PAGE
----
Friday, October 3, 2014


Pumpkinhead (1988), the directorial debut of acclaimed creature effects artist Stan Winston (whose work includes The Terminator, Aliens, and Jurassic Park) is a morality tale wrapped up in a no-frills monster movie. It's no masterpiece, but it gets the job done.

Ed Harley (Lance Henriksen) owns a way-out-in-the-country grocery store and dotes on his young son, Billy (Matthew Hurley). One day, while Ed is away, a bunch of teens from the city arrive with dirt bikes, and in a freak accident, Billy is run over and dies. The teens, save for one who waits for Ed, take off for the cabin they're staying in. Distraught to find what happened to his boy, Ed remembers an incident from childhood and seeks out the witch Haggis (Florence Schauffer). She can't raise the dead, but she can grant him vengeance; she can summon a demonic monster known as Pumpkinhead. All it will cost is Ed's soul.

No, the monster's head is not a pumpkin. The reason he's called Pumpkinhead is because the witch sends Ed out to a pumpkin patch to dig up the body she intends to use as the monster. Pumpkinhead himself resembles the xenomorph from Alien, albeit paler and more skeletal, but like that creature, Pumpkinhead is a convincingly lifelike monster and a nasty piece of work. Winston doesn't show him off too much, shrouding him in shadows and showing him from a distant, so we can tell he's there but can't make out his features except in closeups.

Unlike the drone-like alien, Pumpkinhead has some human-like facial features (more so by the end as a result of its connection with Ed, more on that later), so he has more of a personality. You can tell he enjoys stalking and killing these stupid teens. It's not enough for him to claw and kill them instantly; he wants them to be afraid. In one kill, he drags one of the teens up a tree, dangles her for a bit so she knows what's about to happen, and then drops her, letting the fall do his work.

Execution-wise, the movie is by-the-numbers, cutting back and forth between slasher scenes and scenes in Ed realizes the wrong he's done. Pumpkinhead picks the kids off one-by-one until there's a climactic showdown. Pumpkinhead is shown to be literally invulnerable, so there's a lot of running around and screaming once it's established that trying to fight him is pointless. It would have helped the movie immeasurably if the teens were better defined and distinguished, but they're a pretty bland, boring bunch. Sure, there's the couple who try to do the right thing, and the jerk who ran Billy over eventually decides to turn himself in (before Pumpkinhead shows up), but it's not enough, especially when the transition from I-ain't-going-to-jail to I'll-come-clean occurs off-screen.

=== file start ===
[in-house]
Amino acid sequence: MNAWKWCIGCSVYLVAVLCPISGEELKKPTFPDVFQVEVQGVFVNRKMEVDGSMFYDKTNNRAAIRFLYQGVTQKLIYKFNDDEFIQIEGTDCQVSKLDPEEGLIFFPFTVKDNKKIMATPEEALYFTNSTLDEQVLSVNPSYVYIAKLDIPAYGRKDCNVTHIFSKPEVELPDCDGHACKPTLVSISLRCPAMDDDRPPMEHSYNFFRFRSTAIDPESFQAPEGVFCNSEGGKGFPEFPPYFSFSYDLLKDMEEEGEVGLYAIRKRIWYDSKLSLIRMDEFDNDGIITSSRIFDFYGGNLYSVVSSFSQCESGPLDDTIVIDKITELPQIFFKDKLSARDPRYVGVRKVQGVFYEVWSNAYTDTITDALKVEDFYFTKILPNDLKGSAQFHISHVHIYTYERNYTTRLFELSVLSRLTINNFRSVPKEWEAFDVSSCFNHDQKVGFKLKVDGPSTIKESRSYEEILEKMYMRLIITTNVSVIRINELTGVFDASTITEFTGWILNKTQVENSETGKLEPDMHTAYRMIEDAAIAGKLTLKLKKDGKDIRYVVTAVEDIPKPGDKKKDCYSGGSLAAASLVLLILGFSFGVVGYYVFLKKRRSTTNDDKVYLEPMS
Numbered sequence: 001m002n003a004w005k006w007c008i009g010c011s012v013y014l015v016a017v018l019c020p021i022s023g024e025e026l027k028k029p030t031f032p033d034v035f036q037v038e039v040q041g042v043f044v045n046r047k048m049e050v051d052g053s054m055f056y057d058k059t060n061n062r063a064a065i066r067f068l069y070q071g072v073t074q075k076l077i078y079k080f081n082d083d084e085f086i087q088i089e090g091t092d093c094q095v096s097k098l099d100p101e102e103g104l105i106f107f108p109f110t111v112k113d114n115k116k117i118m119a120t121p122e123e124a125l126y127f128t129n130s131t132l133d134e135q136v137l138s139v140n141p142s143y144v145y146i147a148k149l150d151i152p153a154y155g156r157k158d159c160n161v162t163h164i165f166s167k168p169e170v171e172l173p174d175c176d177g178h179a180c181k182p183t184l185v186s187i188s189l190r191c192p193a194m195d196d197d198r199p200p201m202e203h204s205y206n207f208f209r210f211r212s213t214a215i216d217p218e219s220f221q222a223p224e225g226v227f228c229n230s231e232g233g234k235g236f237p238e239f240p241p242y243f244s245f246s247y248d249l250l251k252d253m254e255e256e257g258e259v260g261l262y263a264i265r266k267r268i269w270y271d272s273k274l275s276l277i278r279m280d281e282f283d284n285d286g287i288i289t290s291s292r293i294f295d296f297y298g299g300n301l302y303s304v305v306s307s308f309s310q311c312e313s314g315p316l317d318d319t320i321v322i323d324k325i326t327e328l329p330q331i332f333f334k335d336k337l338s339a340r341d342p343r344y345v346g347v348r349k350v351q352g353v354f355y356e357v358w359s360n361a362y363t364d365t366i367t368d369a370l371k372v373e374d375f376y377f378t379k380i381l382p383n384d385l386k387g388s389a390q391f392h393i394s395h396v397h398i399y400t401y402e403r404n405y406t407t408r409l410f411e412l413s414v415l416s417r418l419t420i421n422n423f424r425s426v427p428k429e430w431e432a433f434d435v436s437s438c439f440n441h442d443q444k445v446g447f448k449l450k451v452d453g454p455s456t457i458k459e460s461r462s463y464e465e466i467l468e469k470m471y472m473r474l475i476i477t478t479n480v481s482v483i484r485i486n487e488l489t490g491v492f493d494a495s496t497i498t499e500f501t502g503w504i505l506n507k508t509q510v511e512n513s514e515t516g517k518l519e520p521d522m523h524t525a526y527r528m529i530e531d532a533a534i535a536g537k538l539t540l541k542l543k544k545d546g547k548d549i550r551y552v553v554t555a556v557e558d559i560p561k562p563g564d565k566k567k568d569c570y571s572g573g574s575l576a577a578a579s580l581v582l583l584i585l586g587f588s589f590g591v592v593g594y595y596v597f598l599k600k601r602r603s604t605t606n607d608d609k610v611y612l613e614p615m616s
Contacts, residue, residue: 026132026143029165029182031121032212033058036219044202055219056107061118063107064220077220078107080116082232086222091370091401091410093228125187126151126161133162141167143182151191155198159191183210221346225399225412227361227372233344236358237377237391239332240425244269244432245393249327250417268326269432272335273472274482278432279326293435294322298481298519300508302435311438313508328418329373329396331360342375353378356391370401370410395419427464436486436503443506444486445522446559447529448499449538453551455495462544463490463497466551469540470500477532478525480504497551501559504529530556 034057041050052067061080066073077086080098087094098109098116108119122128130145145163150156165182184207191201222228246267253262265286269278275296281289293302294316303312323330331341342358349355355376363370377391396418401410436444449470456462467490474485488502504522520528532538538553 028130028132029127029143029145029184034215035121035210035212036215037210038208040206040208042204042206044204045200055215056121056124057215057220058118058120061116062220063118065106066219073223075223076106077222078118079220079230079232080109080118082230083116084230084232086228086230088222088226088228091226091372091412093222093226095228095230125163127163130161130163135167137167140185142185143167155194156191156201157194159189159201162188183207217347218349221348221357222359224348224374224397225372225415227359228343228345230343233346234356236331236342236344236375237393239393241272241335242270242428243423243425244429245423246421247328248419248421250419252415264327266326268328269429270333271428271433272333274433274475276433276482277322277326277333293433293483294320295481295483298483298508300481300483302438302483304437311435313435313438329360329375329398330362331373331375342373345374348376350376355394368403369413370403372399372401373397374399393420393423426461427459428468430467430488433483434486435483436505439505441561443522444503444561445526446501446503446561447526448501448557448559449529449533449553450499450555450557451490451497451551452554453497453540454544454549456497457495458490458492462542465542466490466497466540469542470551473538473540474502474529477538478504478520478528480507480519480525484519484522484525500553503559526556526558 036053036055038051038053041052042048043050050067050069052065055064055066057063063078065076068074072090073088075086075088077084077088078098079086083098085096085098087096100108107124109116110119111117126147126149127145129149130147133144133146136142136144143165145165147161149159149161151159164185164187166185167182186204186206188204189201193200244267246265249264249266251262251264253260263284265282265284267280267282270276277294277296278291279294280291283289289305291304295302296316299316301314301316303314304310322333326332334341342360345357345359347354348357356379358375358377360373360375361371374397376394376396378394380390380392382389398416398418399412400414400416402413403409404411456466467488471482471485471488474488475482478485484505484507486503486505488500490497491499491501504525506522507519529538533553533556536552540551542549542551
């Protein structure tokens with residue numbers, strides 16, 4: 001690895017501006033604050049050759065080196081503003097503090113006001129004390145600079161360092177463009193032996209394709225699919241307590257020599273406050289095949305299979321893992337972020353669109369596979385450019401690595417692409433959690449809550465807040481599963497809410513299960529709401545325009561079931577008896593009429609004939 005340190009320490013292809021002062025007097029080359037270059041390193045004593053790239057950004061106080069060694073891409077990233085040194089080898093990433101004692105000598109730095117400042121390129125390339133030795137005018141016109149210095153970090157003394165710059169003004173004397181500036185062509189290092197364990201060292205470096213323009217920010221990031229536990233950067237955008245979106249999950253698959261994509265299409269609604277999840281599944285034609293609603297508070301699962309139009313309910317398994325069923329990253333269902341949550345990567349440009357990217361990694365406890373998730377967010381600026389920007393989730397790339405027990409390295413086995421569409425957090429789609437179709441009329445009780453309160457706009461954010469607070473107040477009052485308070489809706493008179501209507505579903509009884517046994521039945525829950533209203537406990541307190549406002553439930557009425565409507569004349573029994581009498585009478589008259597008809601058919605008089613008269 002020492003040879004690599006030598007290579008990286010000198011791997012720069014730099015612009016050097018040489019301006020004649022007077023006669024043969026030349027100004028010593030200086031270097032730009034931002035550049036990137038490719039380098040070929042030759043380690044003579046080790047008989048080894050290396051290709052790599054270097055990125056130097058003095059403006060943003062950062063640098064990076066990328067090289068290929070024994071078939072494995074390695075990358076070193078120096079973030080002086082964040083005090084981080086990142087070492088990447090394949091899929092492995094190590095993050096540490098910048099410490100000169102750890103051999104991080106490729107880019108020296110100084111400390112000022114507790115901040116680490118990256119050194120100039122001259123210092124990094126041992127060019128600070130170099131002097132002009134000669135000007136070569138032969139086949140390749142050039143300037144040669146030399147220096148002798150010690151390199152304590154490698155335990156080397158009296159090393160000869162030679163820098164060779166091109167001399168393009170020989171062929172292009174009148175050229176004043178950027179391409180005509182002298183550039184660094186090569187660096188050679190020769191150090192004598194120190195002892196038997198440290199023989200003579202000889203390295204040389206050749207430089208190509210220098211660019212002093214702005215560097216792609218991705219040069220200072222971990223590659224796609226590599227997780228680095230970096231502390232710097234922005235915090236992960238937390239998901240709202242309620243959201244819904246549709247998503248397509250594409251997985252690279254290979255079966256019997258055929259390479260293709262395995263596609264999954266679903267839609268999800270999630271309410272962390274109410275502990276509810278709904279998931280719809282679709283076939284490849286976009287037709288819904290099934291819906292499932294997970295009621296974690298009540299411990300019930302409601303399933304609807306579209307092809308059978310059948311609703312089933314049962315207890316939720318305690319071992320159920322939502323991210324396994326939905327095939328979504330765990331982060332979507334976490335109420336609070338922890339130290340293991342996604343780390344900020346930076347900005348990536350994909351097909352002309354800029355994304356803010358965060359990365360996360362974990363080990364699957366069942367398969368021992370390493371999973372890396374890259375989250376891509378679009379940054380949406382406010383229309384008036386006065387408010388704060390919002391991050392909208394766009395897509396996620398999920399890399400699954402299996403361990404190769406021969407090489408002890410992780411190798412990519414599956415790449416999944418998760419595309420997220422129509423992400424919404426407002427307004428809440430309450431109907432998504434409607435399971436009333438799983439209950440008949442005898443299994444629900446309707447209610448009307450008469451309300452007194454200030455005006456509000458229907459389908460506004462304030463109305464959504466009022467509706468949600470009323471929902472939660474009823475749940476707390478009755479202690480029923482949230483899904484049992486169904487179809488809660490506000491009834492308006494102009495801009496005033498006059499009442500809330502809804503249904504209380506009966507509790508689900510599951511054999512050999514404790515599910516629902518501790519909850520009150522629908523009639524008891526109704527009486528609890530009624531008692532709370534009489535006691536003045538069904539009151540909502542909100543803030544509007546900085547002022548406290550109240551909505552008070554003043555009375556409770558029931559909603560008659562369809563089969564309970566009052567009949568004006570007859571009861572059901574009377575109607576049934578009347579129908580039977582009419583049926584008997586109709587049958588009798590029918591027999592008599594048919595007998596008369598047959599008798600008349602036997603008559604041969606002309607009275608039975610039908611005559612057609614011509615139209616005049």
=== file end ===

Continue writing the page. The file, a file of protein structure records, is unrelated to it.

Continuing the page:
The true strength of the movie is its examination of morality. Henriksen gives a tragic and heartbreaking performance as a good man who in his grief indulges in a bloodlust, and what the movie demonstrates is how little revenge accomplishes and how arbitrary and blind it can be. His son's killer, the teen who tried to help, a country boy who offers to help the teens, vengeance, blind raging fury, does not distinguish who's responsible; Pumpkinhead lashes out at all of them. And even if Pumpkinhead succeeds, then what? Billy is still dead, and Ed has tainted himself by having murders committed on his behalf. The price of revenge is one's soul, and Ed is reminded of this fact when in a vision, Billy sits up and asks his daddy what he's done.

Ed, by going to the witch and summoning a monster, probably thought revenge would be sweet, simple, and something he could be distant from, but the spell binds his soul to Pumpkinhead. Psychically, he can feel the murders, experience the pain, terror, and death, and it is not pretty. When he realizes what's happened, Ed tries to call it off, but Haggis laughs, telling him it's got to run it's course. By the end, Ed finds Pumpkinhead looking like him and himself looking like the monster. The ugly face of revenge can be seen by looking in the mirror.

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